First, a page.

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Wichita State's independent, student-run news source

The Sunflower

Wichita State's independent, student-run news source

The Sunflower

OPINION: Why are kids worried about their jawline?

Makenzie Miller

Beauty trends have always been a thing. Ranging from using insanely expensive skin care products to sucking on cups to make your lips look bigger, there have always been various ways people have attempted to look more conventionally attractive. 

Even throughout history, for example, in the Middle Ages it was attractive for women to have a big forehead, so many women would pluck their eyebrows and eyelashes completely. Another example used in the Victorian era was the practice of purposely getting tapeworms, so they would grow inside of a person and eat some of the host’s food, making women skinnier. And then there were women in Ancient Rome that would buy gladiator sweat to use as face cream. 

“Looksmaxxing” is the newest addition to these kinds of beauty trends; however, it has gotten severely out of hand. At this point, the next time I see my 5-year-old cousin, she’ll have a jawline that could cut diamonds. 

While I make this joke, looksmaxxing is commonly pushed more toward men and toxic masculinity. Toxic masculinity is the idea that men should be strong, emotionless and rough. If you’re chronically online like me, then you probably know about “alpha chads” and the idea of being the most strong, most successful and most angry people alive who attract many mates. So you can probably assess that these two go hand and hand, and you will often see looksmaxxing being talked about in conjunction with toxic masculinity. 

There are many different ways to start looksmaxxing, which is defined by looksmaxer.com as “a process of maximizing one’s appearance through various methods, both natural and artificial.” 

Some of these are beauty tools made to strengthen your jawline, such as using a gua sha to smooth out your face and avoid wrinkles. Gua sha stones actually stem from China as an ancient medicinal practice for massage, but now they’re popular in America, so you can look like an alpha chad. Great.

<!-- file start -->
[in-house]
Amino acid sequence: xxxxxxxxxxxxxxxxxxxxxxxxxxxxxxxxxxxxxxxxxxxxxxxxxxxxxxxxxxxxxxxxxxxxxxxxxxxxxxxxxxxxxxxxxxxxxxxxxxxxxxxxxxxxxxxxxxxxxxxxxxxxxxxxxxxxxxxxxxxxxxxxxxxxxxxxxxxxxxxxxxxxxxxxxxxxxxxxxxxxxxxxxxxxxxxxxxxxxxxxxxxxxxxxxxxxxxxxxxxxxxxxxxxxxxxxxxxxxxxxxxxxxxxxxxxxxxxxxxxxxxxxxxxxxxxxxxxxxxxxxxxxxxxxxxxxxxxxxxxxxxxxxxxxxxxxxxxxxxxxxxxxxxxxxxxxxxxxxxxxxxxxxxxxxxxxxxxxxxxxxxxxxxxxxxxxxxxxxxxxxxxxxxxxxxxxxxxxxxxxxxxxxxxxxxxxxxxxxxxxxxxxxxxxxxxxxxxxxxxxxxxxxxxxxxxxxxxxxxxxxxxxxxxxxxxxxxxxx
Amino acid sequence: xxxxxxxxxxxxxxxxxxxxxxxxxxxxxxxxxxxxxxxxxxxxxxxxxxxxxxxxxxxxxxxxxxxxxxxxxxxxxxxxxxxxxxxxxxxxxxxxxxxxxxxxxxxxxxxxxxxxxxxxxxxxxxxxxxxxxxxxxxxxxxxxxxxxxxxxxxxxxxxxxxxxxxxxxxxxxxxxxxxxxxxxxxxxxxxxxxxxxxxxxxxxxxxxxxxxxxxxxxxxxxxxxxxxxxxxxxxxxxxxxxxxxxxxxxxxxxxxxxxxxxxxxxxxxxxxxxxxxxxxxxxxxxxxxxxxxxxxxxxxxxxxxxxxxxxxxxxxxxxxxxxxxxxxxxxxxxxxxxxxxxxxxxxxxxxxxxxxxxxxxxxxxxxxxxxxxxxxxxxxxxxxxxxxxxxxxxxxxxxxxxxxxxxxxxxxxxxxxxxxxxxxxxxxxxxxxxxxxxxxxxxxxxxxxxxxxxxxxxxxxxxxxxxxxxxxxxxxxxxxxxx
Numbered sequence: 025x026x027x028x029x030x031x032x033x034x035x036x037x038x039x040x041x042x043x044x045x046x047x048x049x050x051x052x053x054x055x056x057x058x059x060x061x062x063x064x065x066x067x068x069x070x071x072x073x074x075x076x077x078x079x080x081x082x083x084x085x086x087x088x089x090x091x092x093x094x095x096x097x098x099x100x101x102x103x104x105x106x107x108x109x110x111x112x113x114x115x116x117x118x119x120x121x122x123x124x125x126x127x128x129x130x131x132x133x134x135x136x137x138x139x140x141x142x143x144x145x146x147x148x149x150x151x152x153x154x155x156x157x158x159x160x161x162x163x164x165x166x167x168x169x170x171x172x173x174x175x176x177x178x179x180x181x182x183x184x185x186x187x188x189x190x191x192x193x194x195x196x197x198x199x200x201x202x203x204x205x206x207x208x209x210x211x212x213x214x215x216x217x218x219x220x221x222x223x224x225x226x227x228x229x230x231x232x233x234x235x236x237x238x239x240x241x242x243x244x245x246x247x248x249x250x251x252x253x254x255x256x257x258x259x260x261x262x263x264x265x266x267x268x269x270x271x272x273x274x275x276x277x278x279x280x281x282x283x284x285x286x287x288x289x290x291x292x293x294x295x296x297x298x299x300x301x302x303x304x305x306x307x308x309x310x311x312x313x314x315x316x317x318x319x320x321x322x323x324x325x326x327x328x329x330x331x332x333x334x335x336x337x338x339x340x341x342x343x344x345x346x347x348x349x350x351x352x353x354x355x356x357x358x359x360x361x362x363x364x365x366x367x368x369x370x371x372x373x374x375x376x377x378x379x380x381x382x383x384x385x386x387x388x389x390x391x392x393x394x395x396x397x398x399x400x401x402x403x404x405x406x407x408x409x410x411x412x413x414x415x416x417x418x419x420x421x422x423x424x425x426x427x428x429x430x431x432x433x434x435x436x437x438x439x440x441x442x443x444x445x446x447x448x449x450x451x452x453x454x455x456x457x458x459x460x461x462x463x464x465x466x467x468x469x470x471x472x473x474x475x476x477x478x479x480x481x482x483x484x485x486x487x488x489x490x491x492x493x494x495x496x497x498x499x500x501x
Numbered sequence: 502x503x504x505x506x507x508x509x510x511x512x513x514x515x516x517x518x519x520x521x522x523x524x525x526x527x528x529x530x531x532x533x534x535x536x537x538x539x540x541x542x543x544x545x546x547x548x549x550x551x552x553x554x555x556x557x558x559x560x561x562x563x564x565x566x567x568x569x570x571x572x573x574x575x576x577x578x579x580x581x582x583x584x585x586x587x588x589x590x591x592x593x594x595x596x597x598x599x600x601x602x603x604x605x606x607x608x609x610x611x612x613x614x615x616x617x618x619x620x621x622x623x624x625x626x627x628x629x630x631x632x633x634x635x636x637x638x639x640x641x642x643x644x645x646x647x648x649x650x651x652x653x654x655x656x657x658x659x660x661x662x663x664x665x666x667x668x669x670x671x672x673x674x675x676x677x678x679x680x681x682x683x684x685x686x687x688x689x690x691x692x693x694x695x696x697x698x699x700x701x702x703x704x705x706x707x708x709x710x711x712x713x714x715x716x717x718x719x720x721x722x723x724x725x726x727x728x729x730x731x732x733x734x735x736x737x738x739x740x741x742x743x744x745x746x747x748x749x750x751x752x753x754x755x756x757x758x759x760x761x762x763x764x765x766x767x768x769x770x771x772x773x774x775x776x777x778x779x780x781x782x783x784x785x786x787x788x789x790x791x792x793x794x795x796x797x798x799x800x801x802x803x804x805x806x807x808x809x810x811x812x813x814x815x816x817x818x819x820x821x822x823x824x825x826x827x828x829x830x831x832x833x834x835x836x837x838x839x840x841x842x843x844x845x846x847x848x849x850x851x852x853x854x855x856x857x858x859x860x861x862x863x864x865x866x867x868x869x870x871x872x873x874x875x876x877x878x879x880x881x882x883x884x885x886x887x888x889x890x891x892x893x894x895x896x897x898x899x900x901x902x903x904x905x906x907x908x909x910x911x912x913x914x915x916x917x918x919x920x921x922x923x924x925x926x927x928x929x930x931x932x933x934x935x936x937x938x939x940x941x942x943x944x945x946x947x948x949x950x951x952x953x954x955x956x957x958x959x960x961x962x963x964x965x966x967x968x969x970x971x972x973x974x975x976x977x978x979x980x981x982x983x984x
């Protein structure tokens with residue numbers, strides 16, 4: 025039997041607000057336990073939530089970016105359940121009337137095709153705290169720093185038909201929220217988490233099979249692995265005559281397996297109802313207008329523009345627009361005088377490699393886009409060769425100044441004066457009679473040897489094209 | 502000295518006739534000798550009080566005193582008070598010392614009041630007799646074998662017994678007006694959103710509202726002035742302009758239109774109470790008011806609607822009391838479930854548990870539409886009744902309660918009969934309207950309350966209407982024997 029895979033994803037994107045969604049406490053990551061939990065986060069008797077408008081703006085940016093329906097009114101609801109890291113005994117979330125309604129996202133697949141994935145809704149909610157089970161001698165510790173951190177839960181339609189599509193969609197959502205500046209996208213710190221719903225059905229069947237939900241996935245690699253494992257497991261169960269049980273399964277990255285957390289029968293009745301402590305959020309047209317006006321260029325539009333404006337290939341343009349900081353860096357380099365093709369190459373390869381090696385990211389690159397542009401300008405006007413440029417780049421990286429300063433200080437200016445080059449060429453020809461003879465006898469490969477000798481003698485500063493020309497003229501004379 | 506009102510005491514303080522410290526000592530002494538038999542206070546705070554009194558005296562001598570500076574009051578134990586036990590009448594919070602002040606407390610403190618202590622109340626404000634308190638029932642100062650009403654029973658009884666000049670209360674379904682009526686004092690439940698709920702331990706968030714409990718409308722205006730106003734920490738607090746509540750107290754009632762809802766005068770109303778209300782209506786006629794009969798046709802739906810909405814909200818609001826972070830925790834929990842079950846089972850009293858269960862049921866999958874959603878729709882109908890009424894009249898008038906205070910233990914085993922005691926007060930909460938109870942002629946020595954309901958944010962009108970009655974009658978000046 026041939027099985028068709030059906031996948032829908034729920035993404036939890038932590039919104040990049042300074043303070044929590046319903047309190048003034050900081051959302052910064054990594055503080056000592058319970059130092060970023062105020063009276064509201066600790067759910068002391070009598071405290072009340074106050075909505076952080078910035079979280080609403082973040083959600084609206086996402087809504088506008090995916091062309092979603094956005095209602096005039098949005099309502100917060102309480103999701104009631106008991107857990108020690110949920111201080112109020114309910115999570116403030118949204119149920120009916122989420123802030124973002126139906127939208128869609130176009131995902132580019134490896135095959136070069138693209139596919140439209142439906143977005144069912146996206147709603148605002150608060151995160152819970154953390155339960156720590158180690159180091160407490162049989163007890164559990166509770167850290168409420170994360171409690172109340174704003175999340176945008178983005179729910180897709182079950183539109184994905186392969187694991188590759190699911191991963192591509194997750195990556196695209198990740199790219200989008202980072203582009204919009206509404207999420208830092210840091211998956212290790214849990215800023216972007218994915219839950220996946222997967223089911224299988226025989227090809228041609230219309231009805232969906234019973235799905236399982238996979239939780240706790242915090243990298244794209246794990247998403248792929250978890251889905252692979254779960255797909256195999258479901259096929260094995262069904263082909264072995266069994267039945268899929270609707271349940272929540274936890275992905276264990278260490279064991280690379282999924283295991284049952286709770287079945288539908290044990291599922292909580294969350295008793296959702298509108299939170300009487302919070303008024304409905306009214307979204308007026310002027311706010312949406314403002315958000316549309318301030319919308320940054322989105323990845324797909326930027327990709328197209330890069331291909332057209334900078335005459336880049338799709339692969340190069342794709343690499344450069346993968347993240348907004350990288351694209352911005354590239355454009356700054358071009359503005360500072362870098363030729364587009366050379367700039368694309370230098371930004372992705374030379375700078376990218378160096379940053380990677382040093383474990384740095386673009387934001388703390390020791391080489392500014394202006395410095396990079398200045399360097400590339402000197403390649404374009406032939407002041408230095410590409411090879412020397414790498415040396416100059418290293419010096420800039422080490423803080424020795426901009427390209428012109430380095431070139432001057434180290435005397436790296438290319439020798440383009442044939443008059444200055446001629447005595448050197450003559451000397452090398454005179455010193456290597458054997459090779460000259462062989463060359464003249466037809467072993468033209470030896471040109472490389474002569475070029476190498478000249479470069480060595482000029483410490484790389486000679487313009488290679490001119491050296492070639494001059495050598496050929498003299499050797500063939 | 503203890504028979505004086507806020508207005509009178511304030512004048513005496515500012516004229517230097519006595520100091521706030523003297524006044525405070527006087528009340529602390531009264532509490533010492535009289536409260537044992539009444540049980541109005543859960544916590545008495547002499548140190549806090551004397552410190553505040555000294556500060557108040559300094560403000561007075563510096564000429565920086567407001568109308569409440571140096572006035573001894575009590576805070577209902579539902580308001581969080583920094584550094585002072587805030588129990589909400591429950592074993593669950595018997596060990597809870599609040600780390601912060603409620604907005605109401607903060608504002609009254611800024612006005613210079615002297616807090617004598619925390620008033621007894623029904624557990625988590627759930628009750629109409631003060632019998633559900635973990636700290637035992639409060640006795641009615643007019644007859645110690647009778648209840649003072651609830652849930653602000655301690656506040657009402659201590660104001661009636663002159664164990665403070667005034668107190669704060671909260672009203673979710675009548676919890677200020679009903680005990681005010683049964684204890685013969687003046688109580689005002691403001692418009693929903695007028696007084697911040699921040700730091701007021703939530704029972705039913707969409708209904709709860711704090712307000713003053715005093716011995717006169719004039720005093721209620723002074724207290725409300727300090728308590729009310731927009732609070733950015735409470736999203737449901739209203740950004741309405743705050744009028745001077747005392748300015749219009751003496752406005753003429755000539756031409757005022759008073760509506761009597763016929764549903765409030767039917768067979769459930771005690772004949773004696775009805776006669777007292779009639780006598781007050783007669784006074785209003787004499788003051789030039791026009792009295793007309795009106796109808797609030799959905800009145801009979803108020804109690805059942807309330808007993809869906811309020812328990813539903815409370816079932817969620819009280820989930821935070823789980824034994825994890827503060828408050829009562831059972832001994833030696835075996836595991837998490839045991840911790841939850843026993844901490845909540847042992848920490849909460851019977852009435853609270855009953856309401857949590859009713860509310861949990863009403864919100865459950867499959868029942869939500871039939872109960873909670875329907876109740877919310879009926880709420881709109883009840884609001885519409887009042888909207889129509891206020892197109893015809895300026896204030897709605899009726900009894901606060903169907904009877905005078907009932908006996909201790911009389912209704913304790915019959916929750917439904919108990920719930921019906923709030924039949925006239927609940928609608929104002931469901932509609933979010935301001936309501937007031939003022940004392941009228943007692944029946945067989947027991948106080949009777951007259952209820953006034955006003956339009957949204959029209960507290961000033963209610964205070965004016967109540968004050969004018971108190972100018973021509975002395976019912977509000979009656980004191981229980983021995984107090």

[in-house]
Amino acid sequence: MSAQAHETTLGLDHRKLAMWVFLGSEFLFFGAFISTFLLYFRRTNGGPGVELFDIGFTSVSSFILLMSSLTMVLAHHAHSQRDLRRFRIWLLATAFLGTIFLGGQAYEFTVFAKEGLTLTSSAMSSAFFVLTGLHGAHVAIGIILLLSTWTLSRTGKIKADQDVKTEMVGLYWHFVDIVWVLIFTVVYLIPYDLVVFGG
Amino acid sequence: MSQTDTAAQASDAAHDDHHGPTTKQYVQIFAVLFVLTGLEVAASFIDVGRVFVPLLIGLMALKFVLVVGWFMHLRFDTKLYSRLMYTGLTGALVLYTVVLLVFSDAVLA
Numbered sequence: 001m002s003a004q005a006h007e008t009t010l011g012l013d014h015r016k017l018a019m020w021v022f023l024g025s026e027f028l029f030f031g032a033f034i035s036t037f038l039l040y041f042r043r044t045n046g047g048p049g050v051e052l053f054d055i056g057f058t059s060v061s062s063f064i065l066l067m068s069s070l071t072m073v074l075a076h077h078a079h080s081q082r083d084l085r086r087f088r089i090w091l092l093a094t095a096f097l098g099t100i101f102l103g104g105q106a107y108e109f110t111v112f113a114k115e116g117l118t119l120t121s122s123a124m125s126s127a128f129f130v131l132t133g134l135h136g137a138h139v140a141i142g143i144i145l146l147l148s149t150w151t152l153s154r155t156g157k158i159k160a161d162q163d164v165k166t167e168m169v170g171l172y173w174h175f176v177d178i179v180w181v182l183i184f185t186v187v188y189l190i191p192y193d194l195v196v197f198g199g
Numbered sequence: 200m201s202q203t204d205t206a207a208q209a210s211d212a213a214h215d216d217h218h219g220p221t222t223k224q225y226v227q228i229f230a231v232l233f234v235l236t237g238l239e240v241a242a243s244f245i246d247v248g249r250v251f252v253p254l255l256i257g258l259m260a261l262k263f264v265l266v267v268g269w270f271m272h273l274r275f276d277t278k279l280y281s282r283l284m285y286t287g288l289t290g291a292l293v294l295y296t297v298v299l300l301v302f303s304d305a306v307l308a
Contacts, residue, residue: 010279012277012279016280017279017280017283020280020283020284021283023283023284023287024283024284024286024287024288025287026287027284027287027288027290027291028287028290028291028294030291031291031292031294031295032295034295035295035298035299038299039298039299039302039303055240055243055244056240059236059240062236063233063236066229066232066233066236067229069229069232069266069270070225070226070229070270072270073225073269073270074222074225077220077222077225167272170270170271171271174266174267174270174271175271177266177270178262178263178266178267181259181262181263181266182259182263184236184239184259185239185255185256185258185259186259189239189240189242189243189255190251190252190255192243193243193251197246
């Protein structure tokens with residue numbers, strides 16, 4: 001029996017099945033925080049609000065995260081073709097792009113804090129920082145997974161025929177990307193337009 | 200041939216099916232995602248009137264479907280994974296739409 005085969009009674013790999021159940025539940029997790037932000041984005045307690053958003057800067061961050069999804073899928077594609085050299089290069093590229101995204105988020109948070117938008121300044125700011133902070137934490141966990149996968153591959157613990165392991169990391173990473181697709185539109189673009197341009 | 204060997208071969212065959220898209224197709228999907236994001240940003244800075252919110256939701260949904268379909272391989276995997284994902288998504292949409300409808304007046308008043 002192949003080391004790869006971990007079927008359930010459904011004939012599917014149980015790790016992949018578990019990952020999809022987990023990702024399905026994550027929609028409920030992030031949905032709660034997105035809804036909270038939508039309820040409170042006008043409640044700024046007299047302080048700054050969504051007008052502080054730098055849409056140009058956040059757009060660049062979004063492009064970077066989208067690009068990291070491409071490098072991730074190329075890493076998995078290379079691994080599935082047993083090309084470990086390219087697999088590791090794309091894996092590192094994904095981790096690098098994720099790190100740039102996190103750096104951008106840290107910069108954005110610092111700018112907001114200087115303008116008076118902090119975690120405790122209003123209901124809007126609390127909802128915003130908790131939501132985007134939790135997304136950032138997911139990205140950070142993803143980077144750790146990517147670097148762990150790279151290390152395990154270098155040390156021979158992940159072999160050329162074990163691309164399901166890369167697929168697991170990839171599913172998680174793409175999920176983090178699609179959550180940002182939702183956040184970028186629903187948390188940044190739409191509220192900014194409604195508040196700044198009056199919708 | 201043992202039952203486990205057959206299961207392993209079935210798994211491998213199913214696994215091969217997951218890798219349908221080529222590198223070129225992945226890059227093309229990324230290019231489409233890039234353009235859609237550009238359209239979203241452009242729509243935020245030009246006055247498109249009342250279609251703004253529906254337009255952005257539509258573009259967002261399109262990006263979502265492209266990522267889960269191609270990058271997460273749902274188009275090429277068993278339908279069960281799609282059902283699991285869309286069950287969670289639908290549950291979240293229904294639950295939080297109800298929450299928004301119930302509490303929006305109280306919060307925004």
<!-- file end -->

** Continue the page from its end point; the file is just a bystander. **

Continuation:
One of the craziest things I’ve encountered online was “bone smashing,” which is exactly what it sounds like. You take a hard object, such as a hammer or rock, and break the bones in your face so that they heal “better.” Talk about going from zero to 100. Please don’t break the bones in your face. 

Online courses have become huge in looksmaxxing communities, including a course called Mogwarts. No, I am not kidding; there is a crossover of Harry Potter and looksmaxxing. The name stems from the looksmaxxing term “mog,” meaning someone is more attractive than you. Where did that even come from? What is the word mog? Why is this seriously a thing? Anyway, sorry, almost started crying, Mogwarts is an online course that is supposed to teach people how to start looksmaxxing, going as far as to even give their students homework. 

That is just the tip of the iceberg, but every time I explain a different way on how to looksmaxx, an angel loses its wings. Instead, I am going to talk about how harmful this is for anyone but specifically for children. 

Beauty standards can be harmful in general, and the fact that they are continuously changing can make it even more upsetting and all-encompassing. Being “conventionally attractive” has meant entirely different things throughout history, from body types to facial features to the way you are supposed to dress. Forcing these standards is extremely harmful to children as they push themselves to be what’s considered beautiful this week. 

Looksmaxxing is no different and definitely is up there for being potentially dangerous. Children should not be worried about how their jawlines look or if they have “hunter eyes,” and it is ridiculous that this kind of content is even pushed toward children.

In addition, attempting to get kids to sign up for expensive (and useless) online courses is extremely predatory. In case you are even thinking about it, do not sign up for that online course, especially if it’s just from a random person online or a celebrity who has no actual credentials. 

I suggest watching Kurtis Conner’s video, “I Tried ‘Looksmaxxing,’’ where he actually tries a lot of looksmaxxing techniques for a week and really showcases how incredibly stupid this trend is, while being entertaining and hilarious. 

Looksmaxxing has become something of a meme, and it should. The techniques and ideals surrounding it are so silly, and the majority of them have no research backing them and will have almost no impact on the way you look. 

Instead of being so focused on making weird faces in the mirror or not being able to eat so you don’t break your mewing streak, maybe just play your favorite video game, talk to your friends or—better yet—touch grass. 

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About the Contributor
Makenzie Miller
Makenzie Miller, Illustrator/Designer
Makenzie Miller is an animation major and a first-year illustrator on The Sunflower. She is from Eureka, Kansas, and enjoys not only art but also cartoons, video games, softball, and literally any type of animal. She hopes to one day be a storyboarder/concept artist for an animation company.

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